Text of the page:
So why do you sew?

Wednesday, May 5, 2010


I've been up to my eyeballs in mending this week. The weather has turned warm and my eight year old doesn't have a single pair of pants without a ripped knee or hole in them. None of this is rocket science or new ideas on my part, just wanted to show you what I did.

Here are my fixes:

First up are the distressed jeans that I wanted to make last longer than five minutes. The first day she wore them the knee tear got bigger (no surprise!) and I caught her sticking her finger in the thigh holes. I knew that they weren't going to last at that rate...

So, I took matching pieces of scrap denim from my overflowing pile of jeans and put small squares behind each of the rips and tears. I carefully zigzagged close to the fray to lock the scrap in place.

The beautiful thing about denim is that when it frays, it covers up your stitches. You can click on the pictures to see more details.

The second fix involved cut off jeans. I fixed all the tears on this pair like I did with the above pair. Then I folded up the hem about and inch and sewed it in place to make a cuff.
The picture above shows what the hem looked like before and after washing. I probably could've sewed it with a straight stitch so the fray would cover it up better, but I think maybe one more washing will do the trick.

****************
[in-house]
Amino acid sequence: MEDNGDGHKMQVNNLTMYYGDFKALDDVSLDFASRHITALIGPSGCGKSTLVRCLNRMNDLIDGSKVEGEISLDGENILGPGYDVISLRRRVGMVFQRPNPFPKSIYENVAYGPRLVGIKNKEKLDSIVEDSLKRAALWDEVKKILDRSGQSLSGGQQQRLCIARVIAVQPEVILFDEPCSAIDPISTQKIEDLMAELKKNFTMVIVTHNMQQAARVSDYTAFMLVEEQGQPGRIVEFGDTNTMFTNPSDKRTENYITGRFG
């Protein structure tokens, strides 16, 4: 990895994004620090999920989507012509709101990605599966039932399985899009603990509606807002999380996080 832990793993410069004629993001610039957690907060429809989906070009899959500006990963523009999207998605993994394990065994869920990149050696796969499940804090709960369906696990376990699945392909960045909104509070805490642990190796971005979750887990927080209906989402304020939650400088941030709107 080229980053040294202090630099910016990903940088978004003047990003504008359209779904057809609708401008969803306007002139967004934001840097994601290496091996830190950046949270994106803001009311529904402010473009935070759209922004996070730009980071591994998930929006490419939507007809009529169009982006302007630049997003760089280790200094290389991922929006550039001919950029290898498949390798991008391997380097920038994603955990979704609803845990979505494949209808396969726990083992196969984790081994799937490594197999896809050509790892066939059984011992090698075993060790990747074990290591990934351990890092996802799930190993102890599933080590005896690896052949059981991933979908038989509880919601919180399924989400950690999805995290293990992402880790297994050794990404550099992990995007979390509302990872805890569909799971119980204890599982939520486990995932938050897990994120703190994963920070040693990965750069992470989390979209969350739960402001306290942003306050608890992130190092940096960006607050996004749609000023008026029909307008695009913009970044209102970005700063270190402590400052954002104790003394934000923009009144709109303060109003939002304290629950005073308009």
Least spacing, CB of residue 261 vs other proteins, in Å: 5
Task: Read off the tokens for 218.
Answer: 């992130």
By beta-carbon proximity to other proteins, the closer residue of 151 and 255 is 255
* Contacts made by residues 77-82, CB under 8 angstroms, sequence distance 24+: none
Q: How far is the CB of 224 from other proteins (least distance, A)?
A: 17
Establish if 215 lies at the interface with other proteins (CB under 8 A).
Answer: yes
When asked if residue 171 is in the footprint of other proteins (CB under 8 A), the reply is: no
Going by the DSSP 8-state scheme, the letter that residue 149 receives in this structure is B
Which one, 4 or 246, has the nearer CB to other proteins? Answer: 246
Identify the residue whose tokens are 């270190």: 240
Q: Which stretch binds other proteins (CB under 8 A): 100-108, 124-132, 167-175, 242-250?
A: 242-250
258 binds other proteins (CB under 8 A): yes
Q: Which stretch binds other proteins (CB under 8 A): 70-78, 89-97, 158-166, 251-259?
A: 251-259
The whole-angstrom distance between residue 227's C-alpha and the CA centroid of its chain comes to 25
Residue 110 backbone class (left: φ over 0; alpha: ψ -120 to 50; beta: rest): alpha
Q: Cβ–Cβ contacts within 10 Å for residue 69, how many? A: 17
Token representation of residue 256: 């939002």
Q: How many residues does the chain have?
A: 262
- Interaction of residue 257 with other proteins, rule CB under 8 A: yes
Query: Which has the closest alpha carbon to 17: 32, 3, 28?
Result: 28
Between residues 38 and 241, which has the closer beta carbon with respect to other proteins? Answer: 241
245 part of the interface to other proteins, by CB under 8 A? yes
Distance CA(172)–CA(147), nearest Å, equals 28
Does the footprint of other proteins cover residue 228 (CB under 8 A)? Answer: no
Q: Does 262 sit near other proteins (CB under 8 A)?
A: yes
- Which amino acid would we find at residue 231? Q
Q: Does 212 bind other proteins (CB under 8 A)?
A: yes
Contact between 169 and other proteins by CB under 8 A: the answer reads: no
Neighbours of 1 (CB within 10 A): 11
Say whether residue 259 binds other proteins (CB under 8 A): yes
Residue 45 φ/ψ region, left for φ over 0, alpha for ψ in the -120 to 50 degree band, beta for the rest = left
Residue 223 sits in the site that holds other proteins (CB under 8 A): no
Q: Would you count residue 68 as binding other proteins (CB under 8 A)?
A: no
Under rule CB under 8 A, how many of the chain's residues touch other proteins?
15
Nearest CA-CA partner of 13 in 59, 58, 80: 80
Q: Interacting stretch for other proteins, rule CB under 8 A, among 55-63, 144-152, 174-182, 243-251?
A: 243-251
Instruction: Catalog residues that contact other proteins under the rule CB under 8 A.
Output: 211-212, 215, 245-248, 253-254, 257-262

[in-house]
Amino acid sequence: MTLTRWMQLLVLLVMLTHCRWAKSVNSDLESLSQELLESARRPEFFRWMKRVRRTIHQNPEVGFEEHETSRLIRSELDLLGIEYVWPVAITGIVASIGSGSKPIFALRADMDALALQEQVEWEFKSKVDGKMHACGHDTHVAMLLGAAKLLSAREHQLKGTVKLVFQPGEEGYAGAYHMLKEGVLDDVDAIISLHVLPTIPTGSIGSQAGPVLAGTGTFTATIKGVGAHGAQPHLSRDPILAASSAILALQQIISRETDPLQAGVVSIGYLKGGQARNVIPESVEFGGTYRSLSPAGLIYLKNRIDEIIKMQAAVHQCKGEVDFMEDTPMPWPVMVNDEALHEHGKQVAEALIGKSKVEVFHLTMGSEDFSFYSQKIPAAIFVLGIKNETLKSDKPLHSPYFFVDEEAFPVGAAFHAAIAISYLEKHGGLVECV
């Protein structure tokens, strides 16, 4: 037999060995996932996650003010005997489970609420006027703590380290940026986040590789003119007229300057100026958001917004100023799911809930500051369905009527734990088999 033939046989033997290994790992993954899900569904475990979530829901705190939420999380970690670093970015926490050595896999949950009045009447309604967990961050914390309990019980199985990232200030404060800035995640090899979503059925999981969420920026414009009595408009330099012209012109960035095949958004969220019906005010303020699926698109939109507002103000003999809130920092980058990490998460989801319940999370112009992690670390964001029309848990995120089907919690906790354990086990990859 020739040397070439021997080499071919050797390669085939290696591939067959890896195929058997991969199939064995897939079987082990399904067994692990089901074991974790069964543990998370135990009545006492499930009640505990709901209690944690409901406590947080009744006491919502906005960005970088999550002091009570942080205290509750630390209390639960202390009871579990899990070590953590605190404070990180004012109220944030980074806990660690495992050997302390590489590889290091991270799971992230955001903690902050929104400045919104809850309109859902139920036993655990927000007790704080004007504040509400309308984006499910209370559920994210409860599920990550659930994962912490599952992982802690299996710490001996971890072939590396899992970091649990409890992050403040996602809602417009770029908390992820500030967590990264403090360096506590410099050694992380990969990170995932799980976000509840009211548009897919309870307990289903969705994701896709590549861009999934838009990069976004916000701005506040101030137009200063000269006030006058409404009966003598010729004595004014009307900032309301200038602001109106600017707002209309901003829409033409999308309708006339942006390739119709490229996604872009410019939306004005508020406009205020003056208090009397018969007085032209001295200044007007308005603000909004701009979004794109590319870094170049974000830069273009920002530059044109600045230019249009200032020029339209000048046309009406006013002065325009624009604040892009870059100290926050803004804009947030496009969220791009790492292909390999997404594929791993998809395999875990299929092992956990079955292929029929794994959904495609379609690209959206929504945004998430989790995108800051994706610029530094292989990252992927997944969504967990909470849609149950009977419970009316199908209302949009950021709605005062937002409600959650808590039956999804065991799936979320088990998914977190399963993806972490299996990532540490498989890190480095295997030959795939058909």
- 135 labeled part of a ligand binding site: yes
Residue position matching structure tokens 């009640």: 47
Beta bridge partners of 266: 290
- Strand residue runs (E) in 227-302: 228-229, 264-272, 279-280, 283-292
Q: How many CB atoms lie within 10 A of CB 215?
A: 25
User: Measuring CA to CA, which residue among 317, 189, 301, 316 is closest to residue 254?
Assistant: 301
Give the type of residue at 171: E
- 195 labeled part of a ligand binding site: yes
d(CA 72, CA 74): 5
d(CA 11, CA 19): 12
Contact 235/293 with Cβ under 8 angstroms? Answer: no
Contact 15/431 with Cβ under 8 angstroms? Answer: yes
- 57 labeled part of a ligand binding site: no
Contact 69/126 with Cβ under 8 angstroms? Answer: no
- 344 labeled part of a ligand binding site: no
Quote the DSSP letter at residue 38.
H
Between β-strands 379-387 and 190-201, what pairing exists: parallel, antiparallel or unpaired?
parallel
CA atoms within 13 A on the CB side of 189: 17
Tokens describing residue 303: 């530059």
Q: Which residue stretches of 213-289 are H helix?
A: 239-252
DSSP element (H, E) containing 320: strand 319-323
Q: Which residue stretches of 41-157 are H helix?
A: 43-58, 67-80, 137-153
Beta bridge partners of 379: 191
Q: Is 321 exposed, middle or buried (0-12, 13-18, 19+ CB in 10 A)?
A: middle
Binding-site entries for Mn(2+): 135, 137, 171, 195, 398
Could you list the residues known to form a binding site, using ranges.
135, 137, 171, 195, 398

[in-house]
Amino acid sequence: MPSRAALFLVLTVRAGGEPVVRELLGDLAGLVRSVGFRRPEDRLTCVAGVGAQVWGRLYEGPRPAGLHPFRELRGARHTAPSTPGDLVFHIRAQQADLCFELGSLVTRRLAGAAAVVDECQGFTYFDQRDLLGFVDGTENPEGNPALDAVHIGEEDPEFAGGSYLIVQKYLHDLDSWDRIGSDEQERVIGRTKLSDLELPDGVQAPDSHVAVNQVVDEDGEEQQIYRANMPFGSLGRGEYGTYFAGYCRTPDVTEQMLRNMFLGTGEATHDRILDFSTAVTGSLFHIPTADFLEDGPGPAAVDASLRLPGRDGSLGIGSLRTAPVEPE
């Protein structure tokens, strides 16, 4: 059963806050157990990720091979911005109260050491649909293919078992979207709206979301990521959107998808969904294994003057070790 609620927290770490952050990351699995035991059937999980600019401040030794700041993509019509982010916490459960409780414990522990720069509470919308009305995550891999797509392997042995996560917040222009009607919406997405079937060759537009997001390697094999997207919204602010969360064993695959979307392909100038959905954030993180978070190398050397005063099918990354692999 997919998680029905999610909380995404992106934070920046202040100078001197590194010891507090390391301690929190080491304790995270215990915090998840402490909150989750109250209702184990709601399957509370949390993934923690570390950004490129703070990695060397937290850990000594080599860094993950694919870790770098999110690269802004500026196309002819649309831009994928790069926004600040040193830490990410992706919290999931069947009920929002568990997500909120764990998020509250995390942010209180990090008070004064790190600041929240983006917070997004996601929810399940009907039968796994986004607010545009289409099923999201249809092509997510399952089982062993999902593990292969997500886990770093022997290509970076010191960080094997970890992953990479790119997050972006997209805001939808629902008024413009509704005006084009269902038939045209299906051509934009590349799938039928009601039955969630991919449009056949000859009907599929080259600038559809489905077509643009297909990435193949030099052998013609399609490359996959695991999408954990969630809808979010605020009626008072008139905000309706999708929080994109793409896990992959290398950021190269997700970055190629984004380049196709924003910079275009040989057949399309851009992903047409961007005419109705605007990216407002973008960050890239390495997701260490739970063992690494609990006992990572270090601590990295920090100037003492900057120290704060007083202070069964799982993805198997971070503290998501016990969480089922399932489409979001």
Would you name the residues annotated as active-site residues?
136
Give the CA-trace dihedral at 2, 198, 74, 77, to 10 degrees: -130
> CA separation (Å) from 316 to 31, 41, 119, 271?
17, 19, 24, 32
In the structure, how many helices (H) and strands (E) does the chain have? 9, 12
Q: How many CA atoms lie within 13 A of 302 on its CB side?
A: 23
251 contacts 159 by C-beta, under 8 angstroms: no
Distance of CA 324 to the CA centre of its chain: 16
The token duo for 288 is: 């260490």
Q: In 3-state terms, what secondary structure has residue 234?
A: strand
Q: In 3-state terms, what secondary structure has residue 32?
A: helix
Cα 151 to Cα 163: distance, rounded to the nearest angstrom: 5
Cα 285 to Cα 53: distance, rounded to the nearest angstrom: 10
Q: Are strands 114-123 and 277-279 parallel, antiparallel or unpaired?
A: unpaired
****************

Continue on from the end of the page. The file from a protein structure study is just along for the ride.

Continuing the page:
The last fix involved finishing off the hem. I didn't want every pair of her shorts to be frayed at the end so I cut a strip of fabric 2 inches wide and made a sort of bias tape for the hem.

This picture is the pair of khaki shorts I did for the 3 year old. The 8 year old 's shorts are denim. I coudn't get any pictures because she put them on last night after she got out of the bath, wore them to bed, and wore them to school this morning. I guess that means she likes them, huh?

Renae's directions for hemming jeans into shorts.

Monday, May 3, 2010


So, my husband took me on a shopping/researching trip for a new sewing machine over the weekend. I'd have to say that I was pretty upset by the whole process. I went to my trusty repairman's main shop to see what he had to offer. After telling the lovely little (old) sales lady what I was looking for, I was promptly shown an expensive model with WAAYY too many features. Again, I told her that I really didn't need all the fancy stitches and bells and whistles, that I just wanted a workhorse type machine, one that could do just what I wanted. She proceeded to tell me all the reasons why I needed said expensive model and how I would be so disappointed with a basic machine.

Needless to say, I left pretty discouraged. I wasn't planning on buying a machine that day, but I wasn't really prepared to deal with someone who supposedly knew my needs better than me. For one, I feel like I am a pretty experienced sewer. I sew A LOT and I've sewn for a very long time. I'm pretty sure I know what I want. So my question is: Do sewing machine sales people really even sew? Or do they just sell machines?

My advice to them would be: Take a class in listening, 'cuz you aren't hearing what I am saying!

I feel better now, thank you...

In happier shopping news, I scored some beautiful sheets at my thrift store that I plan to use for the backs of some upcoming quilts.

Finally, here is a peek at a quilt top I recently finished. Now, I just need to figure out how to get it quilted by June with a busted machine.